I picked up The House at the End of Hope Street mainly because it sounded charming. And it sure did live up to its charm. The plot is mostly predictable, at least towards the ending, and that could be part of the reason why I couldn't read more pages in a sitting. It also took a long time for the plot to develop and the frequent change of narrators didn't help it much. But, my reading experience did not suffer despite those issues. There is something to love about a house that was magical - a house that suddenly revealed a whole wardrobe full of gowns, a house that gave plenty of inspiration when the going gets tough, a house where past inhabitants lived in its pictures and often talked to Alba, a house that had its own ghosts - a cat named Mog and a woman named Stella who was bent on helping Alba. Alba had a secret ability that made her extra sensitive to the house's secrets. Although Greer and Carmen were privy to some of these secrets, they didn't really know the full gamut of the house's powers.

There is much I loved in this book - it's one of those feel-good books that leaves you with a deep contentment. The house revealed itself only to women who needed a pick-me-up, and anyone else who walked through its doors were invited by the inhabitants. The past clientele includes several incredible women - great thinkers, writers, and poets. Chief among them were Virginia Woolf, Sylvia Plath, Agatha Christie, Dorothy Parker, and Beatrix Potter. Books also play a huge role in this book. I can see how you could want to read every book and writer mentioned in this book - that would make for a great women's fiction reading project. Overall, definitely charming, though predictable - this is something to read when you are looking for a whimsical read.

I borrowed this book from my library.


rhapsodyinbooks said…
I agree - predictable, but charming!
Kay said…
I remember hearing about this book some time ago. And I promptly forgot about it. I wonder if this is where Agatha Christie went on her famed 'ten day disappearance'. :-)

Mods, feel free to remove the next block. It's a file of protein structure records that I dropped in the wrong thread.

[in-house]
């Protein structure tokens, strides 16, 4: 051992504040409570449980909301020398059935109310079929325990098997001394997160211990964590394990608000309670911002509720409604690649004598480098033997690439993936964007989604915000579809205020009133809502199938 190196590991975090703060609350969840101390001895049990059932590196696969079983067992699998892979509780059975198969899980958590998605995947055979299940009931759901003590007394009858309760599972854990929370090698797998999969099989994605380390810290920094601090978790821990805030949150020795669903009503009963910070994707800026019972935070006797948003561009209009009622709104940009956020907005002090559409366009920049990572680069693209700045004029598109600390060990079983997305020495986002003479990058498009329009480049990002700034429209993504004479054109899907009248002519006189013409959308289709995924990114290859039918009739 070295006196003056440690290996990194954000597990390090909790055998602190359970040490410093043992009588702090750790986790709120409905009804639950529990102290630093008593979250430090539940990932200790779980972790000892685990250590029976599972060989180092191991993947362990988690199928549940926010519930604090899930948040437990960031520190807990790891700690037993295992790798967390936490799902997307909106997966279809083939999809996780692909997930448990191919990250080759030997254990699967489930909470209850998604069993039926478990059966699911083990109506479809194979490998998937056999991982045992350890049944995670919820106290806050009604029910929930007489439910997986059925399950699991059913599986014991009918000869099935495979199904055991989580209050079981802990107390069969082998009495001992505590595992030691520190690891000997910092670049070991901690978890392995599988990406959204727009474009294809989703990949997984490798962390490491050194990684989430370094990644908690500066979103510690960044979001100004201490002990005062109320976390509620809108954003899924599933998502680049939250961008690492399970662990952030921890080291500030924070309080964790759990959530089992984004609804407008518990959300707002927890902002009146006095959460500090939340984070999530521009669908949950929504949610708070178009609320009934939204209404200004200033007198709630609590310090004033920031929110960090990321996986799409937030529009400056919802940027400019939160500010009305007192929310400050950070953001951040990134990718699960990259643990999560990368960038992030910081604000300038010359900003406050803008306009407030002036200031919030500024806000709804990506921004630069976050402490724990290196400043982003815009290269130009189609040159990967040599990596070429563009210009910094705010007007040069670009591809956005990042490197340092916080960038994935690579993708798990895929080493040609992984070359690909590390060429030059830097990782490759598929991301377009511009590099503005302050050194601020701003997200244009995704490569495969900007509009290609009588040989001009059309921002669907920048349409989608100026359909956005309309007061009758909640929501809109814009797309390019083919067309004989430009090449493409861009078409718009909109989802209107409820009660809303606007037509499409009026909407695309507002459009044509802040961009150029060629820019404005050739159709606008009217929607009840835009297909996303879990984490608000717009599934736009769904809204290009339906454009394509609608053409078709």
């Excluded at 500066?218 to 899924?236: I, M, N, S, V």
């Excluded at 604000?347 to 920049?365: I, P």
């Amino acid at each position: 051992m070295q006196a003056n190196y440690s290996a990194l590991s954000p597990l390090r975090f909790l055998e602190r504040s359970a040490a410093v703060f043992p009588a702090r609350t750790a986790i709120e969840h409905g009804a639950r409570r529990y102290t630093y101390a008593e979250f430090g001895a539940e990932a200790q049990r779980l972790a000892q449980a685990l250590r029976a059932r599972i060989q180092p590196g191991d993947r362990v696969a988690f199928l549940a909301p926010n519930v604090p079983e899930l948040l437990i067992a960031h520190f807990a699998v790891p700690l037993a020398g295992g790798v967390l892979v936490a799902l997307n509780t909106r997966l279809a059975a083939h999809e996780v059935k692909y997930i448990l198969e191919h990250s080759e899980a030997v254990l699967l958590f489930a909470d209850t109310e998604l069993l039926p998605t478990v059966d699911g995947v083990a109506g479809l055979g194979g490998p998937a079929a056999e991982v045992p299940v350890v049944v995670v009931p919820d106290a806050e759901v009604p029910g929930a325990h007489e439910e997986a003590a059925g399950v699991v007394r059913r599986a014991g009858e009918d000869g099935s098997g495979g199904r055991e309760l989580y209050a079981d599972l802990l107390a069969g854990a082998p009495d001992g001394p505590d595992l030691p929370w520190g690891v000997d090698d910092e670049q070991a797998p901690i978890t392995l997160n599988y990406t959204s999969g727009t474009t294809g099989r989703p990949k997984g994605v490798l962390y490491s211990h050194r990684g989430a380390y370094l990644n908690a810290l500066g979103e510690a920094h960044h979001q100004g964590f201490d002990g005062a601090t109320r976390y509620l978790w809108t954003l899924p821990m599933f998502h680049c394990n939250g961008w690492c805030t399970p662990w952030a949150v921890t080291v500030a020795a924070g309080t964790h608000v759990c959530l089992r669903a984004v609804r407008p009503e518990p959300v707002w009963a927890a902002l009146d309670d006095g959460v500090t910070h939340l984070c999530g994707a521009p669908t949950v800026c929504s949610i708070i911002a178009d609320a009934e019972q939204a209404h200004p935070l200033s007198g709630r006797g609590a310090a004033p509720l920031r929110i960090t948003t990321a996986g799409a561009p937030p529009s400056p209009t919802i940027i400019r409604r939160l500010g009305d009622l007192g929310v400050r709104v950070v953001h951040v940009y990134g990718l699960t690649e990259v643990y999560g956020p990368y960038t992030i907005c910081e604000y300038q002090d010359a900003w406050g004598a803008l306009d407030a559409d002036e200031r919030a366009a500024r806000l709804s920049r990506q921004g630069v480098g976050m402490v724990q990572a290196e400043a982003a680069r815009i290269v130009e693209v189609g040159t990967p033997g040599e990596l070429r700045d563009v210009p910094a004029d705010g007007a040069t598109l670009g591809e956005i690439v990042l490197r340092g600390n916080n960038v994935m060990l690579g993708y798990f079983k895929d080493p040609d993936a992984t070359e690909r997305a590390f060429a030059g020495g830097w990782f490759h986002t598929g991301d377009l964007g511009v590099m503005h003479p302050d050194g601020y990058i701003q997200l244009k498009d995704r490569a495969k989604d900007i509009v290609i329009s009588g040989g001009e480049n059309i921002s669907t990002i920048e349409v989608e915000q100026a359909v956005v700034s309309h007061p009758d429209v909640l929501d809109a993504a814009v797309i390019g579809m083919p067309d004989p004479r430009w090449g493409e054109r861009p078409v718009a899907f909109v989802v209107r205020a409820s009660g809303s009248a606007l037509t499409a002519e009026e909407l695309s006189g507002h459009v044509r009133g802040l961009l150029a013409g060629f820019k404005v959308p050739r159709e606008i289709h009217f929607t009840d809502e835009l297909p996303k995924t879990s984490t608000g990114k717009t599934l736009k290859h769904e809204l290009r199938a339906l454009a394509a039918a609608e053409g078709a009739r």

JoAnn @ Lakeside Musing said…
You've convinced me... adding to my wish list!
iliana said…
That quote from the book - love! :)
Definitely sounds like a charming read! I do have this one on my shelves and just haven't gotten around to it.
Lisa Sheppard said…
Love a book that makes it impossible for you to race through. I'll have to keep my eye out for this one!
Mystica said…
I think whimsical does the book right. Read another book by this author. Also similar
literaryfeline said…
I am glad you enjoyed it, Athira. :-) This is one of those books I read that was just what I needed when I read it. I loved every minute of it. :-)
I've been meaning to read this book in FOREVER. Great review!
Athira / Aths said…
It is! They do mention that. :-)
Athira / Aths said…
Whenever you get to it, I will be eager to read your thoughts on this book!
Athira / Aths said…
If you do get to read this, I hope you enjoy it.
Athira / Aths said…
I should check out her other books. Somehow that thought didn't come to me. Whimsical books are sometimes great to read!
Athira / Aths said…
Hope you enjoy it! I haven't read any of Dorothy Parker's books - someday will have to try to change that. Parker did feature prominently in this book.